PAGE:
When you arrive to Point Lookout (Mooloomba) you can do the North Gorge Walk – an easy walk less than 2km long that provides incredible views out to the Pacific Ocean.
However before you do the North Gorge Walk there are 2 places very close by that are definitely worth a stop off: one to see kangaroos (hopefully!) and one to see a gorgeous secluded beach!
Just as you get off the bus at Point Lookout though (the final stop), you’ll see a park infront of you called Headland Park before you start the North Gorge Walk.
Quite often there are kangaroos here so keep an eye out for them! The kangaroos seem pretty tame here, but don’t approach one if they have a baby joey in their pouch!
I didn’t see people feeding any, but you can get a few metres away from them to get a picture and they won’t get scared.
South Gorge Beach
If you go across the park, you’ll see some stairs you can go down. Follow the path and you’ll end up at South Gorge Beach – a gorgeous secluded beach.
However please note this beach is NOT patrolled and the currents and rips here can get pretty strong!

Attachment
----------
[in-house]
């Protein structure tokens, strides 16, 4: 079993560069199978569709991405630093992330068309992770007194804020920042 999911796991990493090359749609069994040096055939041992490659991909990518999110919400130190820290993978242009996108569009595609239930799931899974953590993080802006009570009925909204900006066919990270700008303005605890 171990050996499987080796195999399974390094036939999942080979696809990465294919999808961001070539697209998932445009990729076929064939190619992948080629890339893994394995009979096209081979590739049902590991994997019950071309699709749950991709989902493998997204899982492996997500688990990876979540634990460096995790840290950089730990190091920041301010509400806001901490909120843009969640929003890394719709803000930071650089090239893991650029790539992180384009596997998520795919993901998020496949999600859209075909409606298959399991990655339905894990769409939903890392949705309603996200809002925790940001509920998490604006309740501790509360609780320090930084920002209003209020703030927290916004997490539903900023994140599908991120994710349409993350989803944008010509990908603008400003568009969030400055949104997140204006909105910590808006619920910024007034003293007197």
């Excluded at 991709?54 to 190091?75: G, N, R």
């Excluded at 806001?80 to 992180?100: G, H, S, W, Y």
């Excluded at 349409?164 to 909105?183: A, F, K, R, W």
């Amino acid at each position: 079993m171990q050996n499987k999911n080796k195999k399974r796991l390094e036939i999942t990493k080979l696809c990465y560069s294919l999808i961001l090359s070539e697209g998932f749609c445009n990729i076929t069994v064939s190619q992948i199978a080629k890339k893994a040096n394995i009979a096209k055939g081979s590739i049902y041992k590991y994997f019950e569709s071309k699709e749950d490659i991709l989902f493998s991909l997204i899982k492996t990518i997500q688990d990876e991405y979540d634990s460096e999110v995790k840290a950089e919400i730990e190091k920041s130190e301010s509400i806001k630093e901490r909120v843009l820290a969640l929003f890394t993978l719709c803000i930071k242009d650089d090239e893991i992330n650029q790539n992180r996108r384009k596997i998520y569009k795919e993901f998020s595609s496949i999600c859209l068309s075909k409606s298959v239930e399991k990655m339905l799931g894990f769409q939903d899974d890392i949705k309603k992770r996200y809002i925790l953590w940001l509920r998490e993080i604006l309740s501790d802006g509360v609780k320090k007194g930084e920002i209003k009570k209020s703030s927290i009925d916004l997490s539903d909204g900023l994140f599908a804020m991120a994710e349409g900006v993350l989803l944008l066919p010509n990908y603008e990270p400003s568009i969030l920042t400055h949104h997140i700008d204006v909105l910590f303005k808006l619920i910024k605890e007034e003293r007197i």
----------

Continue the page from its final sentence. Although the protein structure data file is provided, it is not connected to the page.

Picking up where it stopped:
Swimming is not advised as you can get pulled out to sea very easily and the waves crash against the rocks very hard.
As this beach is very secluded, if you come into trouble there might not be anyone to save you.
Instead, just enjoy the view from the headland and then head back on the path you came.
There will be more beaches to swim at later on during the day!
North Gorge Walk
The North Gorge Walk is a popular walk with not only tourists but with locals too. You’ll see several people on this walk but it will never feel busy or crowded and there are plenty places to stop off.
The migration path of the humpback whales goes very close to Point Lookout. Infact here on the Gorge Walk is the closest point on Australian land that you will get to these humpback whales.